During the journey of any trading-flight you can sometimes switch to another flight (market) or stay on the same flight and bring a friend with you (add more contracts to the idea if it feels safe). Just make sure that you have a parachute for yourself and any friends you may have brought along for the ride (risk management! risk management! risk management! )
How you interpret your rules (no matter what they are) and how you act while using them is extremely important. Here is how I look at rules. The actual rules have been put in place for a reason so they are all equally important. The key is how you execute and in my opinion how many rules you have. Having an odd number of rules is vital in any trading strategy or philosophy. This way you can always settle an argument in your head because you ensure a majority. One rule isn’t enough as it is closed minded. 3 rules gives a nice perspective but most times 3 dismisses key pieces of information. 5 rules is perfect as draws from enough experience to give a solid opinion about the idea. More than 5 means that there are to many chiefs in the kitchen and it leads to over analysis paralysis.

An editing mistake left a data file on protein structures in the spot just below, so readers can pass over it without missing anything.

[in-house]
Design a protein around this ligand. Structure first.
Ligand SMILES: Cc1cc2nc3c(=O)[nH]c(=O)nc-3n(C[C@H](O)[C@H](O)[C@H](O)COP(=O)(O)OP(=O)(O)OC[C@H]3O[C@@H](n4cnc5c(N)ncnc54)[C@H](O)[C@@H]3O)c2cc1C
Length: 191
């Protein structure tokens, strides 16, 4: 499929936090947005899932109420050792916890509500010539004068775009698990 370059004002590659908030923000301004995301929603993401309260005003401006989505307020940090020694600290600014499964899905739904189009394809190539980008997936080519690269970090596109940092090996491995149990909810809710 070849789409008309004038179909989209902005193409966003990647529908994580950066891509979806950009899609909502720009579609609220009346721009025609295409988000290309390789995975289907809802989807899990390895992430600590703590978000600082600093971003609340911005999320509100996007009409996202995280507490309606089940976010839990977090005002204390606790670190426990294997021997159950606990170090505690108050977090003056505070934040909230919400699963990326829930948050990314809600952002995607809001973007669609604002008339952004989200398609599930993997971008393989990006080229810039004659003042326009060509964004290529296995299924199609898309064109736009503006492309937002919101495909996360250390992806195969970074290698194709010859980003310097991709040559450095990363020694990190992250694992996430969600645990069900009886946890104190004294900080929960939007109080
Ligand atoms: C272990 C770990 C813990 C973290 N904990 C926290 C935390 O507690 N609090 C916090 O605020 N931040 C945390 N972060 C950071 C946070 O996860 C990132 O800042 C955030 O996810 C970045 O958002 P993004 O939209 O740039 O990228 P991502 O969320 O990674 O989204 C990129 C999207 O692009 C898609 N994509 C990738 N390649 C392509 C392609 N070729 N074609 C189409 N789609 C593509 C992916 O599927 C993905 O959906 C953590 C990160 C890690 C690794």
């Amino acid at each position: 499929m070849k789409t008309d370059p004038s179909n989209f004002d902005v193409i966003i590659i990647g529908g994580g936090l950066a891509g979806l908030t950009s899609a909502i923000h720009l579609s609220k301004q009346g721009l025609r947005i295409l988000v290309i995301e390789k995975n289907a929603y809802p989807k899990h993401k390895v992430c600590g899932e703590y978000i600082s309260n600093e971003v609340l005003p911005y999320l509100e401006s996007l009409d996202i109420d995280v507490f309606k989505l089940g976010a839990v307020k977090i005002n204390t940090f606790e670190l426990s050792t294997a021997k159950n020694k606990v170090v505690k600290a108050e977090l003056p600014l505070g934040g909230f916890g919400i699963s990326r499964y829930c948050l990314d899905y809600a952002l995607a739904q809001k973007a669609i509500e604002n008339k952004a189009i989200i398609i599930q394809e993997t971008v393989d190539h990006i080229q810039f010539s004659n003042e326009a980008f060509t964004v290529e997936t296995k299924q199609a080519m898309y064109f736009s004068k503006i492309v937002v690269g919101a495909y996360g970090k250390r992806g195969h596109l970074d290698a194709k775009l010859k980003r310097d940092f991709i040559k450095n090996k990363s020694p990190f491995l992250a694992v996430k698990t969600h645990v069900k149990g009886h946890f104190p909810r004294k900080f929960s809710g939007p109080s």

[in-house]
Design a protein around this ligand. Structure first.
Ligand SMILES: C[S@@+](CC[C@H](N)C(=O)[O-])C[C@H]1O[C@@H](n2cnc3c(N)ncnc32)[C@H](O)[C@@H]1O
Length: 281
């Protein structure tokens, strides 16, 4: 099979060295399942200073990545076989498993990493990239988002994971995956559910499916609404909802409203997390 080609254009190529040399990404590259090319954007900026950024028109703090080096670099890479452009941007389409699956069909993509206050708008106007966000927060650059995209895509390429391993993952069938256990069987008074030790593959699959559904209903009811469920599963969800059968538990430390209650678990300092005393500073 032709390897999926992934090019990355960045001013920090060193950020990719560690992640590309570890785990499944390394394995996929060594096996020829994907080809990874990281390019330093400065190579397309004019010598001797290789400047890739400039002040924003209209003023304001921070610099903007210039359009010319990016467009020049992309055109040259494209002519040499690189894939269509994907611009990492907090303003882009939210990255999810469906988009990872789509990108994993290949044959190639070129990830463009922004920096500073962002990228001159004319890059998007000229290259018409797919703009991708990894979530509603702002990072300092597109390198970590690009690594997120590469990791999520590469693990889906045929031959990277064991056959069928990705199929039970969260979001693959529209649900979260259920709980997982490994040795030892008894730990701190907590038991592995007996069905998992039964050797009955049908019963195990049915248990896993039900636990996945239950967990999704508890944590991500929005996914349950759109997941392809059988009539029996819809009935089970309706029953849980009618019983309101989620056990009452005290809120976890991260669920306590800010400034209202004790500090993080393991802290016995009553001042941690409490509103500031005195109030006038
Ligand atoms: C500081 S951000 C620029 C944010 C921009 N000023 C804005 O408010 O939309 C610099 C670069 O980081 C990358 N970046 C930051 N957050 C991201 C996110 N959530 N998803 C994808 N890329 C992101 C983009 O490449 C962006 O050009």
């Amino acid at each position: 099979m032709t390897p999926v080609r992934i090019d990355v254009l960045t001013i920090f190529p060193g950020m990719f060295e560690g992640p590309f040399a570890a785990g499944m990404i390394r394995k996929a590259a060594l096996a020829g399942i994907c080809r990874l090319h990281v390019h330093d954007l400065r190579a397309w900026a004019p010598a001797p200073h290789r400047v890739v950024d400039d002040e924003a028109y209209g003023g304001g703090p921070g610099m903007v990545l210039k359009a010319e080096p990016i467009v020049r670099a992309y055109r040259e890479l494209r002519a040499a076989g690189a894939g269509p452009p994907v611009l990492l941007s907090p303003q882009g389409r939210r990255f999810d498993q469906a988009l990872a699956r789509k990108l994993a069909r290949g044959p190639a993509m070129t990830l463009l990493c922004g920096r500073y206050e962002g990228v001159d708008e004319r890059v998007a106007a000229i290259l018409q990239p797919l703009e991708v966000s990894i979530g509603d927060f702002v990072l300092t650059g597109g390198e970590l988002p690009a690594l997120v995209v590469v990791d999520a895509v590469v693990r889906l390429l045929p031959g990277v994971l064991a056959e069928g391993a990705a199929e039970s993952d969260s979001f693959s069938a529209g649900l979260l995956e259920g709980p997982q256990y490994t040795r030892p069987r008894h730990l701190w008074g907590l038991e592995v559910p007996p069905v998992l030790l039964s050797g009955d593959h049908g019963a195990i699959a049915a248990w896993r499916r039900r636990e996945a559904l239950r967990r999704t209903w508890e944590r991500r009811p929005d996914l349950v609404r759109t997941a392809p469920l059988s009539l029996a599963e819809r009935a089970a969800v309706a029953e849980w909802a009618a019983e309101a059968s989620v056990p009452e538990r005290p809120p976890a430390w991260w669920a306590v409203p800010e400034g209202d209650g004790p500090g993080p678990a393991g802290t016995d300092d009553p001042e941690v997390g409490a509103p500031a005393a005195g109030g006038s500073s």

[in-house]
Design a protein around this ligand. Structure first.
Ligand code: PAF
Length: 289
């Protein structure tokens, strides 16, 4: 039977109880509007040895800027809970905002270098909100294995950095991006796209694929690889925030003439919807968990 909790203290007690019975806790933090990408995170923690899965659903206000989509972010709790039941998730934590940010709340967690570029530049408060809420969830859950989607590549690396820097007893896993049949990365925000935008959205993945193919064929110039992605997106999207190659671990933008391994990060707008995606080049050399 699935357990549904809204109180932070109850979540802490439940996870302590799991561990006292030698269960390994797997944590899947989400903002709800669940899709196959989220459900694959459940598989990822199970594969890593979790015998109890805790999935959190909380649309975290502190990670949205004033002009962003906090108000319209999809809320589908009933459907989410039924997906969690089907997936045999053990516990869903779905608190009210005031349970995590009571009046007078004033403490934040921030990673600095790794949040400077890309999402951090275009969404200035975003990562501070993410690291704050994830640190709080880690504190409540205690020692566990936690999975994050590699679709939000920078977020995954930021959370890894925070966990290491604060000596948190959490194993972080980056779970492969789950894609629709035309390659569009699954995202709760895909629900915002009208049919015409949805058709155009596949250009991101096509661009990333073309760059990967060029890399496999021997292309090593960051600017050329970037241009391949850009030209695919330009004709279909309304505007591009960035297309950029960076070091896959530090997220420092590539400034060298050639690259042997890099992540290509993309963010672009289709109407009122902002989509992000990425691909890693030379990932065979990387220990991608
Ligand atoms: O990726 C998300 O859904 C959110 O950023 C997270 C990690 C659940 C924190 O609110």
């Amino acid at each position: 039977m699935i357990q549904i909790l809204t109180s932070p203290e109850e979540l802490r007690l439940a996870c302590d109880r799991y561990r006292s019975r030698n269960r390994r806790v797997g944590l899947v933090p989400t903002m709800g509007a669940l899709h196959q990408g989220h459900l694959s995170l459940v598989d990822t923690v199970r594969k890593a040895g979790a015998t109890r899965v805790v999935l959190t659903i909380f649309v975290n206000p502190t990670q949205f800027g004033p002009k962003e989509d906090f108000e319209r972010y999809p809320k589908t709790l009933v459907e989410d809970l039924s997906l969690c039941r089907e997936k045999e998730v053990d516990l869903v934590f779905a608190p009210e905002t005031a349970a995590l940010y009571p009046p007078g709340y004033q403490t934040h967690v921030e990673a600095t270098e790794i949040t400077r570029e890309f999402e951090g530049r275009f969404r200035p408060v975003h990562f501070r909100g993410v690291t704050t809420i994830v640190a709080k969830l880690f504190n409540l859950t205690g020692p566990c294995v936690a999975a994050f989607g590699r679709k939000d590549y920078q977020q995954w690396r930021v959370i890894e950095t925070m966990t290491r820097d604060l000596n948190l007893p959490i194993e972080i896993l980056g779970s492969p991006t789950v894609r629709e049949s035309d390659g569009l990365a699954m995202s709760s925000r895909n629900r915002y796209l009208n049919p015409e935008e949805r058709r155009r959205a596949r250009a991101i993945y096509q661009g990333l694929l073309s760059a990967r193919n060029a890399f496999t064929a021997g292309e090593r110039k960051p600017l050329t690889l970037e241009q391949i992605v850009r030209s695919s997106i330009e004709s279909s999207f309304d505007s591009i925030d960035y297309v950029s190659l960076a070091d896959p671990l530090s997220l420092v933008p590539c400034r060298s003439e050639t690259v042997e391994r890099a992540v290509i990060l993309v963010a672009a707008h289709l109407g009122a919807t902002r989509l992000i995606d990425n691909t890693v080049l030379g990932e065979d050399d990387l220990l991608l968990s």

When navigating the markets just remember to have a system of checks and balances that solves all arguments in your head. As the internal chatter grows silent, you begin to use your parachute more readily and without hesitation. This ensures survival during times when your go into a slump. It happens to us all. How you work your way out of a slump depends on how readily you pull the rip-chord. Two-thirds of you fail because you never take your parachute out of the plastic bag!
Whatever you decide to try; you can’t win, if you don’t play!! Prosperity is at your fingertips! All you have to do is grab it!!
Trading Commodity Futures and Foreign Currency (Forex) contracts may not be suitable for all investors. You may lose a substantial amount of money in a very short period of time. The amount you may lose is potentially unlimited and can exceed the amount you originally deposit with your FCM. The material on this website is intended for educational purposes only.
© 2011 RDS Trader, LLC.